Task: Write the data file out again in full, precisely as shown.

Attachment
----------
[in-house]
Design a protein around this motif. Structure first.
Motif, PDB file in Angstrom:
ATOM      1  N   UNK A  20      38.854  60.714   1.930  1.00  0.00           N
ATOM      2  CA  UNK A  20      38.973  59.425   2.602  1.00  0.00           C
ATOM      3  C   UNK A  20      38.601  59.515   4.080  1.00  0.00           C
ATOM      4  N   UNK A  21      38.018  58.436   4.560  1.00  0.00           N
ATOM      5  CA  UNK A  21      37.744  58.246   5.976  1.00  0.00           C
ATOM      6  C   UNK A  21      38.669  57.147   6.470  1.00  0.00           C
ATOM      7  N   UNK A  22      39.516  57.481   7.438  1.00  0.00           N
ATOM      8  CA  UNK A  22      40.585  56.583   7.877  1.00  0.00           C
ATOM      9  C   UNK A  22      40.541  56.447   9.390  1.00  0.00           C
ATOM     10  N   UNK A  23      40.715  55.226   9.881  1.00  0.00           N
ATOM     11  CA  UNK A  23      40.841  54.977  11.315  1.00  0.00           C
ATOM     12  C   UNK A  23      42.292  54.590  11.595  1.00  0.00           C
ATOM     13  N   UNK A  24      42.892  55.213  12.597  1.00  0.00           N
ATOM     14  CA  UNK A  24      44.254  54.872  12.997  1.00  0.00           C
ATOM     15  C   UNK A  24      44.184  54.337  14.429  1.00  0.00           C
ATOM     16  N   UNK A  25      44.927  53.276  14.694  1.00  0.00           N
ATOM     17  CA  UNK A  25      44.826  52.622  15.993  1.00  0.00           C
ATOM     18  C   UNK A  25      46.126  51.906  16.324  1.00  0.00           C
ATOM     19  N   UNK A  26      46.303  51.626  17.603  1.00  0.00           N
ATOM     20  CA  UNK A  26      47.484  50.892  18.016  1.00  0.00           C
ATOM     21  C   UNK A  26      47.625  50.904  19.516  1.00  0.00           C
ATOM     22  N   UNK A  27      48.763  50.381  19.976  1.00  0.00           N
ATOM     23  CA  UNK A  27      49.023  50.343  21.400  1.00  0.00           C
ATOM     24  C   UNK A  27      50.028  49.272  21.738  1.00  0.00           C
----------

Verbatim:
[in-house]
Design a protein around this motif. Structure first.
Motif, PDB file in Angstrom:
ATOM      1  N   UNK A  20      38.854  60.714   1.930  1.00  0.00           N
ATOM      2  CA  UNK A  20      38.973  59.425   2.602  1.00  0.00           C
ATOM      3  C   UNK A  20      38.601  59.515   4.080  1.00  0.00           C
ATOM      4  N   UNK A  21      38.018  58.436   4.560  1.00  0.00           N
ATOM      5  CA  UNK A  21      37.744  58.246   5.976  1.00  0.00           C
ATOM      6  C   UNK A  21      38.669  57.147   6.470  1.00  0.00           C
ATOM      7  N   UNK A  22      39.516  57.481   7.438  1.00  0.00           N
ATOM      8  CA  UNK A  22      40.585  56.583   7.877  1.00  0.00           C
ATOM      9  C   UNK A  22      40.541  56.447   9.390  1.00  0.00           C
ATOM     10  N   UNK A  23      40.715  55.226   9.881  1.00  0.00           N
ATOM     11  CA  UNK A  23      40.841  54.977  11.315  1.00  0.00           C
ATOM     12  C   UNK A  23      42.292  54.590  11.595  1.00  0.00           C
ATOM     13  N   UNK A  24      42.892  55.213  12.597  1.00  0.00           N
ATOM     14  CA  UNK A  24      44.254  54.872  12.997  1.00  0.00           C
ATOM     15  C   UNK A  24      44.184  54.337  14.429  1.00  0.00           C
ATOM     16  N   UNK A  25      44.927  53.276  14.694  1.00  0.00           N
ATOM     17  CA  UNK A  25      44.826  52.622  15.993  1.00  0.00           C
ATOM     18  C   UNK A  25      46.126  51.906  16.324  1.00  0.00           C
ATOM     19  N   UNK A  26      46.303  51.626  17.603  1.00  0.00           N
ATOM     20  CA  UNK A  26      47.484  50.892  18.016  1.00  0.00           C
ATOM     21  C   UNK A  26      47.625  50.904  19.516  1.00  0.00           C
ATOM     22  N   UNK A  27      48.763  50.381  19.976  1.00  0.00           N
ATOM     23  CA  UNK A  27      49.023  50.343  21.400  1.00  0.00           C
ATOM     24  C   UNK A  27      50.028  49.272  21.738  1.00  0.00           C